HC Deb 13 April 1921 vol 140 cc1209-10

Order for Second Reading Bill.


I beg to move, "That the Bill be now read a Second time."

I propose only to move it formally, as I have very few minutes at my disposal. The House is aware that this is a fairly urgent measure. The chief proposal in it is the continuance of the subsidy to private builders and other persons constructing dwelling-houses. As a matter of fact, the House is, I take it, already familiar with the proposal of the Bill. It will be remembered that difficulty arose through the rejection in another place of a Bill introduced last year for extending the period during which subsidies should be paid for the building of dwelling-houses—builders' subsidies, as they were called—and this is a proposal to continue these payments for some further time, in order to carry out pledges already given in this matter. There are a number of other Clauses in the Bill left over from last year, some of which possibly, after further consideration, we may consider it no longer necessary or desirable to proceed with. Clause 1 enables the local authorities to hire unoccupied dwelling-houses during a period of three months. Of course, conditions have changed somewhat in regard to housing, as well as in relation to other matters, since these proposals were first instituted. They were originally introduced because there was an actual stringency and great difficulty in obtaining housing accommodation. There was a greater demand for houses than there is at the present moment, and it may not be thought that this provision is now so much required. It is one of the matters which may need reconsideration. The main Clause of the Bill is, of course, Clause 2, which extends for 18 months the power to pay grants to persons constructing dwelling-houses. The number of houses now building or completed under it is 32,000, and it is considered very desirable that this particular source of supply of houses should not prematurely come to an end. I was asked a supplementary question to-day with regard to these subsidies, and it rather indicated that the amount of the grant might be lessened if the cost of building fell. I think the House is anxious that the private building industry should resume its operations in this country and that we should endeavour to relieve the taxpayers and ratepayers of the obligation to provide housing as far as possible. I would point out—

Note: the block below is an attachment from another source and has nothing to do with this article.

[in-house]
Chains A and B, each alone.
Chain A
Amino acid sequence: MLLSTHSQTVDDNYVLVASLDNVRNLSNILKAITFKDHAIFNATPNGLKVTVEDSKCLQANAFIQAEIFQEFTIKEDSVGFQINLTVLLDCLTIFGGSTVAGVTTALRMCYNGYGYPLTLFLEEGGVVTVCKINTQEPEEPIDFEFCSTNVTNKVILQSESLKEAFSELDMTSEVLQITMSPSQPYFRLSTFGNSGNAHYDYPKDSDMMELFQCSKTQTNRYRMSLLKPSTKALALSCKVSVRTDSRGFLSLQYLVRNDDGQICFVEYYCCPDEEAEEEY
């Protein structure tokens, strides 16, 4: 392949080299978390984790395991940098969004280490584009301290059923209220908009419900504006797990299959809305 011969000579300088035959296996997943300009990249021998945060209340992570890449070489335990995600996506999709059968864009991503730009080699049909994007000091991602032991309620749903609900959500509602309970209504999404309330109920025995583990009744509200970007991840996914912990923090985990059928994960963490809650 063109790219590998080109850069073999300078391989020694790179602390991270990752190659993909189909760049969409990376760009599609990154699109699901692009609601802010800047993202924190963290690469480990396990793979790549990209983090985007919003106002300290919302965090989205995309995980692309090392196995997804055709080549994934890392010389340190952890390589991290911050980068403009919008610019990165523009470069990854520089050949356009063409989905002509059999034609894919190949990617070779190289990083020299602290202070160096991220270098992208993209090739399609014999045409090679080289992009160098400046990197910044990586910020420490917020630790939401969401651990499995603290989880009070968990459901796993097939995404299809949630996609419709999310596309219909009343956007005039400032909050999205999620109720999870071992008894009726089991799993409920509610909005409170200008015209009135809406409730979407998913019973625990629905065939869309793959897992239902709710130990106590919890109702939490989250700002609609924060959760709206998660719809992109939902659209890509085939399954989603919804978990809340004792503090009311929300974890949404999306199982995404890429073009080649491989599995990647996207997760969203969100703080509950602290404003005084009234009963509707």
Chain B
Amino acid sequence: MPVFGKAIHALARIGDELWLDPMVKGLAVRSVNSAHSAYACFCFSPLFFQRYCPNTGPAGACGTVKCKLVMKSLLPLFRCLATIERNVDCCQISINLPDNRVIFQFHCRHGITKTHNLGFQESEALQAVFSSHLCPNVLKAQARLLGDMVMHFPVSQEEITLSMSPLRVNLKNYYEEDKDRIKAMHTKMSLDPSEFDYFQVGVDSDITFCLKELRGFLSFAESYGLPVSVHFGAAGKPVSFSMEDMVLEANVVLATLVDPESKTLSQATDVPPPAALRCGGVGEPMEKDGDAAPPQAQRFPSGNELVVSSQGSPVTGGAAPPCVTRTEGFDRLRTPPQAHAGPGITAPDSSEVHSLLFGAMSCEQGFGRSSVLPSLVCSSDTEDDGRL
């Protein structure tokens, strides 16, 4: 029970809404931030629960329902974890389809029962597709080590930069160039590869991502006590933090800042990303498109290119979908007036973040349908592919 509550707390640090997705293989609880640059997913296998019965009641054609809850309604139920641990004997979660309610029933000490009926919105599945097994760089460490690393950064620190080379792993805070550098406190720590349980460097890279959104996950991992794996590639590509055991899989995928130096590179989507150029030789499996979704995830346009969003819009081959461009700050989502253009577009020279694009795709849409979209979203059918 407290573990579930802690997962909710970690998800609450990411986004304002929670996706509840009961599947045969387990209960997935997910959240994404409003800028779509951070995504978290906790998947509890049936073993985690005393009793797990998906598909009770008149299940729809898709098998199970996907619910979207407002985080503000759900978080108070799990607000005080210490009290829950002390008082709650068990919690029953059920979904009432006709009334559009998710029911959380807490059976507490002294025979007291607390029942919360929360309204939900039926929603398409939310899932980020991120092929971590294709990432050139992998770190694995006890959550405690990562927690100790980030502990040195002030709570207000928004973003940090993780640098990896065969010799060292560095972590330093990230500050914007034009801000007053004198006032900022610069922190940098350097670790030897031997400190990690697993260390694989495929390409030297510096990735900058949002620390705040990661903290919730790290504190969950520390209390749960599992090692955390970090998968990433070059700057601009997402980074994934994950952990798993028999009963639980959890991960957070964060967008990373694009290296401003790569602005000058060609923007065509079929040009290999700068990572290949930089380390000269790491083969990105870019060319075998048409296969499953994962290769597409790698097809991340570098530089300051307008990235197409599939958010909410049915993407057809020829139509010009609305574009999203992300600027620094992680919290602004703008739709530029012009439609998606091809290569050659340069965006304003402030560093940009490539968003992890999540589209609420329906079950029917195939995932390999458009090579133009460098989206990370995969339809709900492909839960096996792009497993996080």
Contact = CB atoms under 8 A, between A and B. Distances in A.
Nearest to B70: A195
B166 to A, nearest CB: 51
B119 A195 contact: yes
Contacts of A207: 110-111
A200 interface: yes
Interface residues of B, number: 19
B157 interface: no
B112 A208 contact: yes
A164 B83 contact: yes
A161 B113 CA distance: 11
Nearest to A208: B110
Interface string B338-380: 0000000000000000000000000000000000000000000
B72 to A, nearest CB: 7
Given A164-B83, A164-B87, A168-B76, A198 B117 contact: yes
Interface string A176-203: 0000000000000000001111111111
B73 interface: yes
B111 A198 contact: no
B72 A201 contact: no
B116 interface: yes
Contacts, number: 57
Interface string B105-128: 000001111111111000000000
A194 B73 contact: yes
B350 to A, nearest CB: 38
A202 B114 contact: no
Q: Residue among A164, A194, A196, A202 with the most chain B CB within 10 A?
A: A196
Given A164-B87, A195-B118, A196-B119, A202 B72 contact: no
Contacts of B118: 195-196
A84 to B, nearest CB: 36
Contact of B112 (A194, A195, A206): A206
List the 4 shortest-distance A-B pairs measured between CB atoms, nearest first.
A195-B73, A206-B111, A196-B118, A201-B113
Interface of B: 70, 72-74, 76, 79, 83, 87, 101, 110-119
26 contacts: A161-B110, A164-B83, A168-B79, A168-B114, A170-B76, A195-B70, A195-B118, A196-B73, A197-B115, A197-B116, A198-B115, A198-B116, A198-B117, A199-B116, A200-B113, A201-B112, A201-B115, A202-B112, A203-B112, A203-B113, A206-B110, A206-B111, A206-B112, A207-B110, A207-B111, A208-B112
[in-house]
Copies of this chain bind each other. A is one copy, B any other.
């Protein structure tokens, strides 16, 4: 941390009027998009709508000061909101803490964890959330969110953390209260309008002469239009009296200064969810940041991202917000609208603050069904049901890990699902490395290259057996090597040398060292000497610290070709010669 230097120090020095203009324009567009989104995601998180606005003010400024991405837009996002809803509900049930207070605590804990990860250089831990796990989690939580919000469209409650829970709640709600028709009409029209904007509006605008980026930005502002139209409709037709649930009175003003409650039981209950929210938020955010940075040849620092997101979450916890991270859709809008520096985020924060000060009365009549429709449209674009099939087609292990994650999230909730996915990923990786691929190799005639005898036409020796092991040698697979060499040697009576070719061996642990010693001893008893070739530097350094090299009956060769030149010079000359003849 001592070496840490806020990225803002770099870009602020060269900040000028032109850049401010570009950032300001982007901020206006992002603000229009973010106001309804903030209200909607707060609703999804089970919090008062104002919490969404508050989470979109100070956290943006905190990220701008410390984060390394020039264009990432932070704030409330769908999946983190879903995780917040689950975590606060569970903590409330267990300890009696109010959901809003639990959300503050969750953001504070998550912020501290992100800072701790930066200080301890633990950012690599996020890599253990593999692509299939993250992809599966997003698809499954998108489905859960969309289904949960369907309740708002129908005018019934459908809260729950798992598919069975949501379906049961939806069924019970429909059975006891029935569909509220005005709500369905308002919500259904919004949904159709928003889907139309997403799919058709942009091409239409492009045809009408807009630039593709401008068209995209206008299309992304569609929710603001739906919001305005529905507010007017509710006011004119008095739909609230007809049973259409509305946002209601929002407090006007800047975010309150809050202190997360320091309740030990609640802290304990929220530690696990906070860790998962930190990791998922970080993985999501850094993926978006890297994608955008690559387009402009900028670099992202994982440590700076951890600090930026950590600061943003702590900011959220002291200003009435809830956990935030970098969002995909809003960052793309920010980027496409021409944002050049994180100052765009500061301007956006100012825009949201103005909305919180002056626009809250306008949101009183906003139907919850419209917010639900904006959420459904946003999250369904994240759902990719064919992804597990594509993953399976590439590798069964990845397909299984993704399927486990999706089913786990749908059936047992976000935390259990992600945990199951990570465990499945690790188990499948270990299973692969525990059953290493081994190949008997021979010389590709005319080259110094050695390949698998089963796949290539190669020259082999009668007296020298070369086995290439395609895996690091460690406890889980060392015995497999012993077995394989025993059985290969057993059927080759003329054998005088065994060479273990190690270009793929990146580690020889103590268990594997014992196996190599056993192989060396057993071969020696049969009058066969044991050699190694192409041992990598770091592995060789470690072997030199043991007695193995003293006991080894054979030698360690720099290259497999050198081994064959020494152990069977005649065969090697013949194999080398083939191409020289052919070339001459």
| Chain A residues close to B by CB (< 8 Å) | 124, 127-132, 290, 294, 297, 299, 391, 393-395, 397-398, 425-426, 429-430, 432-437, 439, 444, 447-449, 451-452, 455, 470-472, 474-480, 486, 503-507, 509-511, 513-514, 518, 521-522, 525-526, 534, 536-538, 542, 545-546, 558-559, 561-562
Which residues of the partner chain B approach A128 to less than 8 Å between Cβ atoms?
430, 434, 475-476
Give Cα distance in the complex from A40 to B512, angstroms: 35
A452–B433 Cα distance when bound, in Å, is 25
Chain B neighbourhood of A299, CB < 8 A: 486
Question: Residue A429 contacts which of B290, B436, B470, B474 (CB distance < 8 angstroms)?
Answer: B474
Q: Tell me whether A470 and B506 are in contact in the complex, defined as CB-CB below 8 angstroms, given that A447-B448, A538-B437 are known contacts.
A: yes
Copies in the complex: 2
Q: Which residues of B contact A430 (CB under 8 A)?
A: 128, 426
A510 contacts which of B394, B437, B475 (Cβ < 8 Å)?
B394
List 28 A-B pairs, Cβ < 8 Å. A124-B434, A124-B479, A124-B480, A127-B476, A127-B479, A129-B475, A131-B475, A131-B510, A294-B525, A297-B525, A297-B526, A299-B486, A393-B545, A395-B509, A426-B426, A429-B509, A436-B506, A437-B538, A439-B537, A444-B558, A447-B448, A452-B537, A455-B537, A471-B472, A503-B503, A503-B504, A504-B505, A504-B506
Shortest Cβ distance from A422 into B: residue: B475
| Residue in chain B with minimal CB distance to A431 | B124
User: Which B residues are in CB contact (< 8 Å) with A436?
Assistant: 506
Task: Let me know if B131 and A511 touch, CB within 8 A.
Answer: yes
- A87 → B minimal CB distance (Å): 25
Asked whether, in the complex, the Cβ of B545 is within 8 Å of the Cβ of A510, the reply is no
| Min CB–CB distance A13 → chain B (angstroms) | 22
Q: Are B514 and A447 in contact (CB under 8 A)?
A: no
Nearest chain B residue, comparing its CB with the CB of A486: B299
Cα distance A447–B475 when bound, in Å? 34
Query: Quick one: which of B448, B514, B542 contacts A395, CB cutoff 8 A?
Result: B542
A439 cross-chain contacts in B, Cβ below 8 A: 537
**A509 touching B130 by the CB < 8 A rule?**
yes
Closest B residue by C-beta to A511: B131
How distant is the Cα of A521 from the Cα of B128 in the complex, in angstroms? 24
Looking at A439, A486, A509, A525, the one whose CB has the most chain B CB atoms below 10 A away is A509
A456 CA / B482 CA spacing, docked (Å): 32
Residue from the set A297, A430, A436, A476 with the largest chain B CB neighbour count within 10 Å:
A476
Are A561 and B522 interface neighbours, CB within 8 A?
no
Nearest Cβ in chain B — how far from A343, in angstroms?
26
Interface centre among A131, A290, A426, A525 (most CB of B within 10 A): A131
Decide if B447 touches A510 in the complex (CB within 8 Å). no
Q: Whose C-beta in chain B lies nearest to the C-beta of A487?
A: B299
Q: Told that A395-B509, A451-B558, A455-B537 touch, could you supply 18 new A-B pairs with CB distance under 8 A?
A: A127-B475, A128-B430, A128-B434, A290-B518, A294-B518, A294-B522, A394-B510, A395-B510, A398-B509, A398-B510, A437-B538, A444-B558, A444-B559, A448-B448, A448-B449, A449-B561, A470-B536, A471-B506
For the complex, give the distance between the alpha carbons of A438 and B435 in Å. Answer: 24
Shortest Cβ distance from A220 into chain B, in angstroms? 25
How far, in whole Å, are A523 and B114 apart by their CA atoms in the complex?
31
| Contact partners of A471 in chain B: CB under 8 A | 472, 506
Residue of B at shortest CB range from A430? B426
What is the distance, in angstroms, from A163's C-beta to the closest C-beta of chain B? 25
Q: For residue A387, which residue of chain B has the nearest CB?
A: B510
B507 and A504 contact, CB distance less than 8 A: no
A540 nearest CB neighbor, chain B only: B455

It being a Quarter past Eight of the Clock, further Proceeding was postponed without Question put, pursuant to Standing Order No. 4.